It’s also good to make sure that the derailing isn’t a symptom of a bigger problem. It’s normal for derailing to take hold during game preparation and other slow periods, but if you have sober players that are derailing during important scenes, they may not be happy with your campaign.

4. The Gamejacker

What they are: The gamejacker is a GM, writer, or another storyteller with lots of their own ideas. They aren’t used to the lack of control that comes with being a player in a collaborative campaign. As as result, they put a lot of effort into trying to steer the direction of the story to fit their own ideas and preferences. They think they’re being helpful by taking everyone in that direction.

Why they’re troublesome: A solid campaign depends on the participation and satisfaction of all the players. A player that strongly asserts their ideas does so at the cost of everyone else. Other players become more passive participants instead being actively involved, decreasing their engagement. On top of that, gamejackers have a knack for stepping on GM toes. They don’t know everything you’ve planned for the campaign. By steering the game in another direction, they’re ruining all your careful preparation.

How to deal with them: Most gamejackers are going through an adjustment period; given time, they’ll relax. You can speed this process by talking to them privately and letting them know the effect they’re having on the other players. If they’re a writer, tell them that roleplaying is improvisational – they have to let go and allow events to happen naturally. If they’re a GM, inform them that this is your game, and you have extensive and secret plans that will never come to fruition if they continue taking control.

5. The Joker

What they are: Jokers roleplay in a wacky and silly manner. They create one-dimensional characters that maximize novelty, and hammer that one note at every opportunity. They might spend all their energy converting NPCs to a cult that worships toilet paper, or romancing any character with a beard.

Why they’re troublesome: Jokers get enjoyment from breaking social conventions, and as a result they don’t take anything seriously. It will be impossible to have any tense or tragic moments in your campaign, because the joker will be openly mocking the story and world you’ve worked so hard on. The players who want to follow the story or enjoy the world will quickly become frustrated with the joker’s unrealistic and inappropriate behavior.

How to deal with them: Much like power gamers, jokers are used to roleplaying in a campaign that is very mechanical. Silly roleplaying allows them to make the campaign interesting for themselves, without depending on the GM or anyone else. Now that you’re the GM, you should let them know that you’ll provide a compelling story, but that story depends on them playing seriously during the critical moments. Encourage the player to add depth and realism to their character. In exchange, provide regular opportunities for them to goof off with your blessing.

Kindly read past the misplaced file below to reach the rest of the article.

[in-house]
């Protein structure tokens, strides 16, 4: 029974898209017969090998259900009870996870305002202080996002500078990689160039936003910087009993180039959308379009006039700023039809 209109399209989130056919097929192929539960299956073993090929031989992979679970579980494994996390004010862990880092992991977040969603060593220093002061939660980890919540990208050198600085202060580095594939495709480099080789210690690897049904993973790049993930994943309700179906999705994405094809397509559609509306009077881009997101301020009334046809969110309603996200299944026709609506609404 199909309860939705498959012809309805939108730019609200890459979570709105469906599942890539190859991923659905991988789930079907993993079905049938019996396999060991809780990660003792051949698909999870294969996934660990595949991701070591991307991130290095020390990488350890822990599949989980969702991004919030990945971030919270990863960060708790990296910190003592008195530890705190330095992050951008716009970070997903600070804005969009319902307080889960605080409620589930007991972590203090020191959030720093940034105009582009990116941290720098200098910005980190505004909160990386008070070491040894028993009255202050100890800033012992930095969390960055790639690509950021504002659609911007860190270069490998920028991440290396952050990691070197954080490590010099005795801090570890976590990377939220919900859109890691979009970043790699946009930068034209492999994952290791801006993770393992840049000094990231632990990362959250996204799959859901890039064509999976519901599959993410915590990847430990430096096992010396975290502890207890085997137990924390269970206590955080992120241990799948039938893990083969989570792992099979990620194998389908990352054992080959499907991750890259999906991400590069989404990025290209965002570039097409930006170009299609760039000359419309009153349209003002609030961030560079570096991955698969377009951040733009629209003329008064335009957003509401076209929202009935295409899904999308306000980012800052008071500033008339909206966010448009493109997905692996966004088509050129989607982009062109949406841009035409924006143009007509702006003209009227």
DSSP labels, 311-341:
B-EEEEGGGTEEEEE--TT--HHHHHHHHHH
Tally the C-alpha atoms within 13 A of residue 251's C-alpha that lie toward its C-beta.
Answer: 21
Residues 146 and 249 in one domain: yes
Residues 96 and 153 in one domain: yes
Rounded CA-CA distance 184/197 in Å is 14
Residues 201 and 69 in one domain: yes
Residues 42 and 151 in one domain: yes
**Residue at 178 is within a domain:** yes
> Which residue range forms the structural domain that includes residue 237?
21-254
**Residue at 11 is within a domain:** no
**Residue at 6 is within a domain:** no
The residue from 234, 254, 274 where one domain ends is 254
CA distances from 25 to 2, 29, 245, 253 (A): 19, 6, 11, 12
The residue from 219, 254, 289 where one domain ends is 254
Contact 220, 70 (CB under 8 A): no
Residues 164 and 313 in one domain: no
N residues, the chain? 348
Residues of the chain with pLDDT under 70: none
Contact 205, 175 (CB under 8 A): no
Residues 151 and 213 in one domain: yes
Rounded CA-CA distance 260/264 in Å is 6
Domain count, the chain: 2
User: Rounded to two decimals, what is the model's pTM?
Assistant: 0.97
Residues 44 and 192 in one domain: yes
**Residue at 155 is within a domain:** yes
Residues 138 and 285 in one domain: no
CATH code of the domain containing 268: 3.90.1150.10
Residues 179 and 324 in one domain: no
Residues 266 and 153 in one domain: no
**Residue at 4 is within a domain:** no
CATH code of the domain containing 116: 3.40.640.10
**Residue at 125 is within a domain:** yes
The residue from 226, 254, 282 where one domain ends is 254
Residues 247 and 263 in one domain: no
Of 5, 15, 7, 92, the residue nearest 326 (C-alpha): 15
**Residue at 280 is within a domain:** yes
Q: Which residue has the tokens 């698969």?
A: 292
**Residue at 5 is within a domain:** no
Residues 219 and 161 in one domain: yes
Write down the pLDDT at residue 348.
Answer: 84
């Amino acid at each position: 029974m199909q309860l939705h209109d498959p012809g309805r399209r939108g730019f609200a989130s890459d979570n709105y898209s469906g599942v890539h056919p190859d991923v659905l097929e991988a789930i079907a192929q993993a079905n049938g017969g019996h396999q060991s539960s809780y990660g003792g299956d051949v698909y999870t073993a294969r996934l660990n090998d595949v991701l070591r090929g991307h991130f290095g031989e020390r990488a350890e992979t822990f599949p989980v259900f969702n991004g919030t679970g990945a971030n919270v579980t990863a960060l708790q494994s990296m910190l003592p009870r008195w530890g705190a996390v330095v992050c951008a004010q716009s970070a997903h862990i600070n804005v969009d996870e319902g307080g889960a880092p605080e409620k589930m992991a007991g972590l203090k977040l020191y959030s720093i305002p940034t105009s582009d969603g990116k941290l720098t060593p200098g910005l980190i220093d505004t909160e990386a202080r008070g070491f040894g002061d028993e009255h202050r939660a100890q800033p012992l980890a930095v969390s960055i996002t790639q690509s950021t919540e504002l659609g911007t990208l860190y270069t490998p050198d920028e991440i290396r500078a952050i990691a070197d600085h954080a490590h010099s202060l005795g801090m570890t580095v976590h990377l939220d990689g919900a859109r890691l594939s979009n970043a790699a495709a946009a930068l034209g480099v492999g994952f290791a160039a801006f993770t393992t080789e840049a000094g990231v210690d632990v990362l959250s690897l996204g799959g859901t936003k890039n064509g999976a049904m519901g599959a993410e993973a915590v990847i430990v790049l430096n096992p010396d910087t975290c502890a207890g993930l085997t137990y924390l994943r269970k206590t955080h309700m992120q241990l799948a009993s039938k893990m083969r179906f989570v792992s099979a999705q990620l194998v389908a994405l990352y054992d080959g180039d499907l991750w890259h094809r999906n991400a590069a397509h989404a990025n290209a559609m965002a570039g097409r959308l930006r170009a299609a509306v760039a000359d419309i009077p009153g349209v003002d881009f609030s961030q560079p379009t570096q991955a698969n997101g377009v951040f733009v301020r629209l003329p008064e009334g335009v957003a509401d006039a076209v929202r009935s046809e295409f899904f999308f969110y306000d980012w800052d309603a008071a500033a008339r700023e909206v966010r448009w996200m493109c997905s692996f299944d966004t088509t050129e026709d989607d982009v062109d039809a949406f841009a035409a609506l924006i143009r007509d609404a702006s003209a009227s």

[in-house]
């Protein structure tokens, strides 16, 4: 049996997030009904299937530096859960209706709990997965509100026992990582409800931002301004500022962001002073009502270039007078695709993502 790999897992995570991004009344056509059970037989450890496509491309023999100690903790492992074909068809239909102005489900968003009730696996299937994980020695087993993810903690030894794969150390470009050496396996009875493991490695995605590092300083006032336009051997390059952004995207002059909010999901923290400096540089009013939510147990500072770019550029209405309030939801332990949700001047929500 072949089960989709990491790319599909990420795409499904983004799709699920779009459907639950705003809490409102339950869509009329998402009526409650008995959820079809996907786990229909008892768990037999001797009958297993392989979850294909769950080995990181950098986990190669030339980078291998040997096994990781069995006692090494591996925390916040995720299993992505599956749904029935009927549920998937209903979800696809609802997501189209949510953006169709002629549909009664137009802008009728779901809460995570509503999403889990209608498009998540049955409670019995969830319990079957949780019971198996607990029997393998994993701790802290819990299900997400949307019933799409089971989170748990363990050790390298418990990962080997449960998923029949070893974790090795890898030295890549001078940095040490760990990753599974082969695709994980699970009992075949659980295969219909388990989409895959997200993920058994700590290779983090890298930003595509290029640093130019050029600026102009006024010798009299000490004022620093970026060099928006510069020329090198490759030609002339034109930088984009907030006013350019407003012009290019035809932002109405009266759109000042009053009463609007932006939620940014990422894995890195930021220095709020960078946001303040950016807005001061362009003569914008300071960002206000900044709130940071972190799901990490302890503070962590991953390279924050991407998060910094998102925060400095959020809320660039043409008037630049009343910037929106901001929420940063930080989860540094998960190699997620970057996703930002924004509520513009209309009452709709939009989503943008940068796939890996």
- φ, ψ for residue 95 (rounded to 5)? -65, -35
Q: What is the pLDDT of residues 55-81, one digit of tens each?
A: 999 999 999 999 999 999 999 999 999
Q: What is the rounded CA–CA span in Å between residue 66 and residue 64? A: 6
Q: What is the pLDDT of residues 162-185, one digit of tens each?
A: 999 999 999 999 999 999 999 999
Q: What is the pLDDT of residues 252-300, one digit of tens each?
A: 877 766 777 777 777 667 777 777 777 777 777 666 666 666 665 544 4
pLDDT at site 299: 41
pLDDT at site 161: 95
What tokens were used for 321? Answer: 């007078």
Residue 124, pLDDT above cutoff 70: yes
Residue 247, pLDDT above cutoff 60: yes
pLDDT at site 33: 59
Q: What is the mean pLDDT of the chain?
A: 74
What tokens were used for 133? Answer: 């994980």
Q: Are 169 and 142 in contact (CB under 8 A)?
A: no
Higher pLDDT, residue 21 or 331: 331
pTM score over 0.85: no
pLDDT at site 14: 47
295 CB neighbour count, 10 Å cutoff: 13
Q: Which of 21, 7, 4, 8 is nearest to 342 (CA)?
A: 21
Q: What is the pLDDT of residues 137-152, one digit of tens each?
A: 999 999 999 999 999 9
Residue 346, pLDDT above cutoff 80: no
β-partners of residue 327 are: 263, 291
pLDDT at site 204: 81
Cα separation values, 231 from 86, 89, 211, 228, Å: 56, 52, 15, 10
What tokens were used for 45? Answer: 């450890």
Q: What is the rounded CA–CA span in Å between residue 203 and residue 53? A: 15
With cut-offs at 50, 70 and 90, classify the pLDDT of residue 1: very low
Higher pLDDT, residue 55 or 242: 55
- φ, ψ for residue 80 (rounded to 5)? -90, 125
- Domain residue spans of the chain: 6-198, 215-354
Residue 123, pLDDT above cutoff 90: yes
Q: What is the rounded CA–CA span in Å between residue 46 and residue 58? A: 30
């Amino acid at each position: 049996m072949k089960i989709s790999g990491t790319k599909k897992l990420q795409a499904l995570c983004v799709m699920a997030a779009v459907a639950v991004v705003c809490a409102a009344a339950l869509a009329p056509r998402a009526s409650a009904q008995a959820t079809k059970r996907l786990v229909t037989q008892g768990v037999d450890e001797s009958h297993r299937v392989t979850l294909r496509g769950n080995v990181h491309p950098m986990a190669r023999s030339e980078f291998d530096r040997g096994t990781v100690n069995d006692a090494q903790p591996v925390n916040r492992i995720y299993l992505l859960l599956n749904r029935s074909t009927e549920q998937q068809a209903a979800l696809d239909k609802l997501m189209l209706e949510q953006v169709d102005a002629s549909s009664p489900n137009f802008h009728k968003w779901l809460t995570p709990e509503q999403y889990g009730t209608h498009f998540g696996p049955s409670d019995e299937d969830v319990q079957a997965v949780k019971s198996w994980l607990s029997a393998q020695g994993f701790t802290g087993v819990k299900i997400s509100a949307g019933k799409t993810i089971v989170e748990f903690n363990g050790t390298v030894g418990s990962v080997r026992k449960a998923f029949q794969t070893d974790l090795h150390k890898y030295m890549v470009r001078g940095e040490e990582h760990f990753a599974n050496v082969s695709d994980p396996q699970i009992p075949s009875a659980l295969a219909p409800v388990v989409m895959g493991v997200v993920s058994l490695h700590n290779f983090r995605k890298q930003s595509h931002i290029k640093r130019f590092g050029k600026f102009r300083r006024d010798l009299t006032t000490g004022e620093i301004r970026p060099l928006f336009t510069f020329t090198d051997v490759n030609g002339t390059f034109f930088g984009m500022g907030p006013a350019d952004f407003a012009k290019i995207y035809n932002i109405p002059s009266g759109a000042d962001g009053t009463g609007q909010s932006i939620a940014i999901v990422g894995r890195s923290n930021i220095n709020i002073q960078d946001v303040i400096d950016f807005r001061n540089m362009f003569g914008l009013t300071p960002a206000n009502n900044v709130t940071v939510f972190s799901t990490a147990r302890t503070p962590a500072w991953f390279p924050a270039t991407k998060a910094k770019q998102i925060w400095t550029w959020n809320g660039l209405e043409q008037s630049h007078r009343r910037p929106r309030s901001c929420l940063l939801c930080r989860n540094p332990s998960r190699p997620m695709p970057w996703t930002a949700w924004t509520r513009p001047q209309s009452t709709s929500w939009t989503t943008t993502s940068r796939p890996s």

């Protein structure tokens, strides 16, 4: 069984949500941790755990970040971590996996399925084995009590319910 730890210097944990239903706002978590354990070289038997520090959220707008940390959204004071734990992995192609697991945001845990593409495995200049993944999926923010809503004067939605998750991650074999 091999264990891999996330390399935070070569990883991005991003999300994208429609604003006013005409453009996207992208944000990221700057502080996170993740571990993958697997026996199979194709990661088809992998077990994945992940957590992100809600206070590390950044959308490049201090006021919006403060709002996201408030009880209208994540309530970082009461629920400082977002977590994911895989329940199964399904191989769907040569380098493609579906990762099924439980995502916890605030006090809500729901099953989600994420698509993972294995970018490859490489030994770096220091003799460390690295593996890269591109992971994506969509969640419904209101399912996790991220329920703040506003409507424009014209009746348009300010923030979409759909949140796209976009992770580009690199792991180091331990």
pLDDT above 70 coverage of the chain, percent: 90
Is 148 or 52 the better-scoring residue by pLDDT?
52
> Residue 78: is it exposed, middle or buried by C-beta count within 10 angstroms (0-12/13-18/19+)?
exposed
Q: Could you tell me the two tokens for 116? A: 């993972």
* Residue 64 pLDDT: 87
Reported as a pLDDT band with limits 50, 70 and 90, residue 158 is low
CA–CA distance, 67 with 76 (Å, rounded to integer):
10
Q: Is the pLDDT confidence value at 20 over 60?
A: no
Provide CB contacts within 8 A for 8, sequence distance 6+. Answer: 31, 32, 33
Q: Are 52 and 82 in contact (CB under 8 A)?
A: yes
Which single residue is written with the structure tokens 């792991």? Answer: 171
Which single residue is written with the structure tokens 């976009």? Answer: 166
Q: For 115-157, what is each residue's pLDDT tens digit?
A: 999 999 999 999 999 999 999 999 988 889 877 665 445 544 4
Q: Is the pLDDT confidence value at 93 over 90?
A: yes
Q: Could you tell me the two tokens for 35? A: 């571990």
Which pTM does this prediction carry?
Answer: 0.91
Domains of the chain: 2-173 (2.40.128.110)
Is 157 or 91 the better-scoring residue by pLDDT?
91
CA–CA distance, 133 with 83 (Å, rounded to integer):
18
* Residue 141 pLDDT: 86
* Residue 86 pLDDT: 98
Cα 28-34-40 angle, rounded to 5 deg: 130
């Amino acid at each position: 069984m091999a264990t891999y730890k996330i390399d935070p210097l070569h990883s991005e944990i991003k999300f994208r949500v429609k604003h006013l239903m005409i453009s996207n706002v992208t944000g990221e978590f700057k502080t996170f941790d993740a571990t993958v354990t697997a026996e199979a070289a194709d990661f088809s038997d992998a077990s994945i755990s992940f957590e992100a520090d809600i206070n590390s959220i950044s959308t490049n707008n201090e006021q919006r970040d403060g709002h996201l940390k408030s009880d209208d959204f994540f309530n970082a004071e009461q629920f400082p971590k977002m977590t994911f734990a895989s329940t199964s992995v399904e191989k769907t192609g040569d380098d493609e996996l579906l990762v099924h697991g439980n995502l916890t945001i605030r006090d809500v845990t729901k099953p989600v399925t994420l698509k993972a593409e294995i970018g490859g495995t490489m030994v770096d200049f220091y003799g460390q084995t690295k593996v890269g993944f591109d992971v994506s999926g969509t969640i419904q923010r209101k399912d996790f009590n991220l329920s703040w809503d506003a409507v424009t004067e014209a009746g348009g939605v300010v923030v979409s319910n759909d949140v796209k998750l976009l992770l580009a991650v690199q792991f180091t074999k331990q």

General Guidelines

Regardless of why a player might be causing trouble for your campaign, these tips can help you prevent or resolve the issue:

  • Ask what your players want from the campaign. Many of the problems that occur in a roleplaying group are caused by having different goals for the game. Talking to your players ahead of time will allow you to identify and resolve potential problems early.
  • Set expectations for your campaign. All your players should know what type of game master you are beforehand. They shouldn’t be surprised when you put an emphasis on storytelling.
  • Find the intent behind disruptive actions. Players may be rules lawyers, metagamers, or gamejackers for different reasons. If you know their intent, you can provide a different way to satisfy it.
  • Don’t argue with players. Describe the reasons for your decisions when necessary, but keep it short, and don’t let yourself get drawn into an argument. If you encourage combative behavior, you’ll be creating a terrible experience for all of the players who are sitting at the table.

 

It may seem like the only solution is to kick a troublesome player out of the campaign. But many of us game with the important people in our lives, and splitting the group would rob us of the opportunity to bond with them. Even when players want very different things, clear communication can allow them to find a compromise that works. And no matter how troublesome players can be, they’re at the table for the same reason you are – to enjoy a game together.